by Steven Pisano
Now its in sixth year at Wild Project, the Avant Music Festival, curated by Randy Gibson and Megan Schubert, provides contemporary composers an opportunity to present their work in an evening-long concert. Last Friday's event explored the music of Paula Matthusen, 2014 winner of the prestigious Rome Prize. Matthusen's work explores bold sonic possibilities, incorporating field recordings and having performers of her pieces communicate with each other via smart phones.
In “protected by a world of dry leaves and furtive paths,” which derives its title from a short story by Julio Cortazar about illicit lovers plotting to murder the woman’s husband, Eleonore Oppenheim stood in a spotlight at the front of the stage and variously plucked and bowed the strings, accompanied by electronic background sounds. For “eden’s arch of promise bending, movement I,” Matthusen used field recordings of the Old Croton Aqueduct to explore the sonic possibilities of water and stone. Matthusen has a longstanding interest in how the infrastructure of cities throughout history influences contemporary life.
Continuing along the same lines, “showing and hiding / showing and vanishing,” explored Rome’s system of ancient aqueducts. Each of the eleven performers from Mantra and Dither represented one of the aqueducts, and while they each explored their own music, they also did so as part of a larger network.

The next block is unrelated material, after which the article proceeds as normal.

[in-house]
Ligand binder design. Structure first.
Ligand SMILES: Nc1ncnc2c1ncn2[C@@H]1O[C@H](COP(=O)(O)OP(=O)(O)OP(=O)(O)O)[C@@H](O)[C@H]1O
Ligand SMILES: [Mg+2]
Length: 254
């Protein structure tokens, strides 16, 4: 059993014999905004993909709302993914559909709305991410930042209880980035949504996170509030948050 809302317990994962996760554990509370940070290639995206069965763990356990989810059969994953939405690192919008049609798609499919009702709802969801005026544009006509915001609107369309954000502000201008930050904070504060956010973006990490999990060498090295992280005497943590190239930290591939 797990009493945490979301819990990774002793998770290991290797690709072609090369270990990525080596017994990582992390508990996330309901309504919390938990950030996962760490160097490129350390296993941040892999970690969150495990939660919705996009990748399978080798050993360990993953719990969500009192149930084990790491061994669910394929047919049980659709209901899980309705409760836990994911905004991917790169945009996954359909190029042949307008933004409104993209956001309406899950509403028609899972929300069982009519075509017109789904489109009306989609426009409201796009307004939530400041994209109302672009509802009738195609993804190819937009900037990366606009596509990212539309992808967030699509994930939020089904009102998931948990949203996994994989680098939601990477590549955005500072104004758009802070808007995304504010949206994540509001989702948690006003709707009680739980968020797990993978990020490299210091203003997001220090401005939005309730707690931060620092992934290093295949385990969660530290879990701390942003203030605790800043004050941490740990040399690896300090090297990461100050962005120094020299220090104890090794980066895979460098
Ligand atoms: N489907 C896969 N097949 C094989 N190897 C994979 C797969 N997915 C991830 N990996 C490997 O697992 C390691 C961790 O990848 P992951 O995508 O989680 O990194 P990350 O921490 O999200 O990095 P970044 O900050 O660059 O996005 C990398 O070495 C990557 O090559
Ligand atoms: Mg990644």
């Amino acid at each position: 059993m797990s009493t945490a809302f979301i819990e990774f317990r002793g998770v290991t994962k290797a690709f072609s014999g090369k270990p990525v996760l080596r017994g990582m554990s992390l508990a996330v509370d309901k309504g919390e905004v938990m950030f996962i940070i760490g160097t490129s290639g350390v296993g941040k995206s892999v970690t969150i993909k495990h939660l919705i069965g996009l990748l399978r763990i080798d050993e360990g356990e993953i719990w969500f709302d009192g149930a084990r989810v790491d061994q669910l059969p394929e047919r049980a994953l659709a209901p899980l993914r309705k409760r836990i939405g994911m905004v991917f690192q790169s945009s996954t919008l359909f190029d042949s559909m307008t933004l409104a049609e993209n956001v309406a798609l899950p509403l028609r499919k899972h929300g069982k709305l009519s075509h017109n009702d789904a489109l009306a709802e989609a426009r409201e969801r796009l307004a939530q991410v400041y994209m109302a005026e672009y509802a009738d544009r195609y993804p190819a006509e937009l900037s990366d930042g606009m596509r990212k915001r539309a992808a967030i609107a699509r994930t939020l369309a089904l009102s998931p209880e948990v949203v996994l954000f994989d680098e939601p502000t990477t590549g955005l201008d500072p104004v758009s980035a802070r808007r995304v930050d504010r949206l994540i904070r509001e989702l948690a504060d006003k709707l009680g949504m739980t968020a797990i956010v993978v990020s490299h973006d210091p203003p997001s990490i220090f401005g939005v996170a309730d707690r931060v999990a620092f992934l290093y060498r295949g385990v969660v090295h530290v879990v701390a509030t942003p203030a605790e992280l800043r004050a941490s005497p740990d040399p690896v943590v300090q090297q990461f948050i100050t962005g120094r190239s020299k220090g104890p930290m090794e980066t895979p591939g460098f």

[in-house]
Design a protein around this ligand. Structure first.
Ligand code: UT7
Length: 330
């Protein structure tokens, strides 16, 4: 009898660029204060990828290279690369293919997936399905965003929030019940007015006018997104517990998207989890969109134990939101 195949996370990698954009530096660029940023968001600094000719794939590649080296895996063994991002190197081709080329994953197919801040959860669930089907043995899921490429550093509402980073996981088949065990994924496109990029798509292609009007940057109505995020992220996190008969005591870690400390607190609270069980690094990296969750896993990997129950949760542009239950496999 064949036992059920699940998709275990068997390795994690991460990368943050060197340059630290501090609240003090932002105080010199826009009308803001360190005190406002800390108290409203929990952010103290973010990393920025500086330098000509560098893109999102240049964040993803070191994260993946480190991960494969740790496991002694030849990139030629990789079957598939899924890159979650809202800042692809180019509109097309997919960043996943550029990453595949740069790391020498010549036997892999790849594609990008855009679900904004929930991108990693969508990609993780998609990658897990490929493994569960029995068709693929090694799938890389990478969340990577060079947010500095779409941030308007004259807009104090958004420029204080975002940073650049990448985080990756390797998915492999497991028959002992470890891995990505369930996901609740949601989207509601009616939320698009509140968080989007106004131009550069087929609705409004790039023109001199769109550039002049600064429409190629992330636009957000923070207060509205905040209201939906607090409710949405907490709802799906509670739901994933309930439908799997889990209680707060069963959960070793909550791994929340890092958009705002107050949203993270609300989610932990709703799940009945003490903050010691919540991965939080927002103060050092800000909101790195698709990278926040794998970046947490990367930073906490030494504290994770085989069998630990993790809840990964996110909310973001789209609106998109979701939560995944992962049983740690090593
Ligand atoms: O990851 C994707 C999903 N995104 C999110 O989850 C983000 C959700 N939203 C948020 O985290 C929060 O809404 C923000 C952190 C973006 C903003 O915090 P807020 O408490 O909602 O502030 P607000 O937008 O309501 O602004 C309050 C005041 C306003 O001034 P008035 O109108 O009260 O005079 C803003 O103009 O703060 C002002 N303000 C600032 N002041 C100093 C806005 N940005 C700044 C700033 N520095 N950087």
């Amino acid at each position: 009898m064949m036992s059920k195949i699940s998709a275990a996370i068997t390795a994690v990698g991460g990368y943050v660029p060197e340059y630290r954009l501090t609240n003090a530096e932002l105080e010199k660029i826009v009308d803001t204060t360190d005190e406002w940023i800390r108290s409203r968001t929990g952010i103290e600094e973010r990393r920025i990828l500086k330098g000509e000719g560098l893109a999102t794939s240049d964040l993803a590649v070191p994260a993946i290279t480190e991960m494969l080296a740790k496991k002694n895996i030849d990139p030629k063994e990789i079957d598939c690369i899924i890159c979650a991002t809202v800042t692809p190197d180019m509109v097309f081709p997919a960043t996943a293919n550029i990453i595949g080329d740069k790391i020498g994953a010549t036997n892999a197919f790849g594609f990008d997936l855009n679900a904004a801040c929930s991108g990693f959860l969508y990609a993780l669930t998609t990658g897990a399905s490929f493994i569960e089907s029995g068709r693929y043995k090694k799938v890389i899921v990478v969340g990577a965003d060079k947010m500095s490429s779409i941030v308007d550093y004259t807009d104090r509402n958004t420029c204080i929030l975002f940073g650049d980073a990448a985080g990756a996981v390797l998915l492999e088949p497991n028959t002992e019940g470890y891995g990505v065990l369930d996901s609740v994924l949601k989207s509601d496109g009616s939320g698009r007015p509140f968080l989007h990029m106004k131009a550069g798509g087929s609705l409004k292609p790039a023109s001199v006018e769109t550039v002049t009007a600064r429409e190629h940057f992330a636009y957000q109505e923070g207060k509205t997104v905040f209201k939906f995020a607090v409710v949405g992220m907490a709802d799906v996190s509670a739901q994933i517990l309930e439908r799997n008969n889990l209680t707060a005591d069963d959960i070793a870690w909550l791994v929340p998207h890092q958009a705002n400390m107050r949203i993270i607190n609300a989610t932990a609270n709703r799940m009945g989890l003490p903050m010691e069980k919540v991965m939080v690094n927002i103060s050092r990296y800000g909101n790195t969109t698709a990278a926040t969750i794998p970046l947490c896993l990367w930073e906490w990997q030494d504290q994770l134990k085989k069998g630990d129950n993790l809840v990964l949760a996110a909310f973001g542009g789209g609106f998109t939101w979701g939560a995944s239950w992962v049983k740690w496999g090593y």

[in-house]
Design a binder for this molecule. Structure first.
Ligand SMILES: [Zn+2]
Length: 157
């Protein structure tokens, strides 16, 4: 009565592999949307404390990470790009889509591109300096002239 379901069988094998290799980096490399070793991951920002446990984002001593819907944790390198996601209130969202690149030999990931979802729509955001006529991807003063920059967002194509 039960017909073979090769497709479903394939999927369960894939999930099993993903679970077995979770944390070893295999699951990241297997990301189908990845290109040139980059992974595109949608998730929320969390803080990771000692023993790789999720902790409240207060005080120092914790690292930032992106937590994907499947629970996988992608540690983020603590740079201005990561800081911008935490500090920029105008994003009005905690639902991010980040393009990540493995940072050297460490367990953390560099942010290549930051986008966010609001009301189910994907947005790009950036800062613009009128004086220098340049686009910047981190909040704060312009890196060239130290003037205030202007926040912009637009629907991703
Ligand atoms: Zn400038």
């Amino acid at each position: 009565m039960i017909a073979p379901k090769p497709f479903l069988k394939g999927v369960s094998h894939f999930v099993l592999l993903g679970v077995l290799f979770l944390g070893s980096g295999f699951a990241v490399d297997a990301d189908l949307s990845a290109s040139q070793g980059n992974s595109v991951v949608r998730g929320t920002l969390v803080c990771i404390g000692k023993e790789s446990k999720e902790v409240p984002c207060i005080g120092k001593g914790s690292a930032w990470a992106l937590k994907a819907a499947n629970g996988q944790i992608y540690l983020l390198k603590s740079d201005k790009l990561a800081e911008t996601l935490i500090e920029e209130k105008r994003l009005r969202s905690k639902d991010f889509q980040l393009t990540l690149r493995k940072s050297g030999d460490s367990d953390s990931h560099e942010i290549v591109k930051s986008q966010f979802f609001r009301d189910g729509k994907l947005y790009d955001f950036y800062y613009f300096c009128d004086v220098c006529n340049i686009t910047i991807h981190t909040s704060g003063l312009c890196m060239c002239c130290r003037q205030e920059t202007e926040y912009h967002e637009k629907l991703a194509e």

The last work, “of an implacable subtraction,” was performed solo by Dana Jessen on bassoon, accompanied by background electronics. The title comes from Cortazar’s novel Hopscotch, in which he states: “If the volume or the tone of the work can lead one to believe that the author is attempting a sum, hasten to point out to him that he is face to face with the opposite attempt, that of an implacable substraction.” That could be a touchpoint for many of Matthusen’s compositions.
This was my favorite piece from a musical point of view, with more developed harmony than the other works on the program. The solo bassoon, removed from its place in a traditional orchestra, seemed to represent a living being, reminding me of Prokofiev’s Peter and the Wolf. At the very end, Jessen put the instrument aside and cupped her hands together to make what sounded like bird calls.
In her program note, Matthusen says that “The piece…engages with the idea of defining various points of focus and the salient nonlinearities that may emerge between them.” But, what I heard was a sublime expression of a living, struggling soul. It was utterly stirring, and a deeply fitting way to end the concert.
(All photos by Steven Pisano. More pics here.)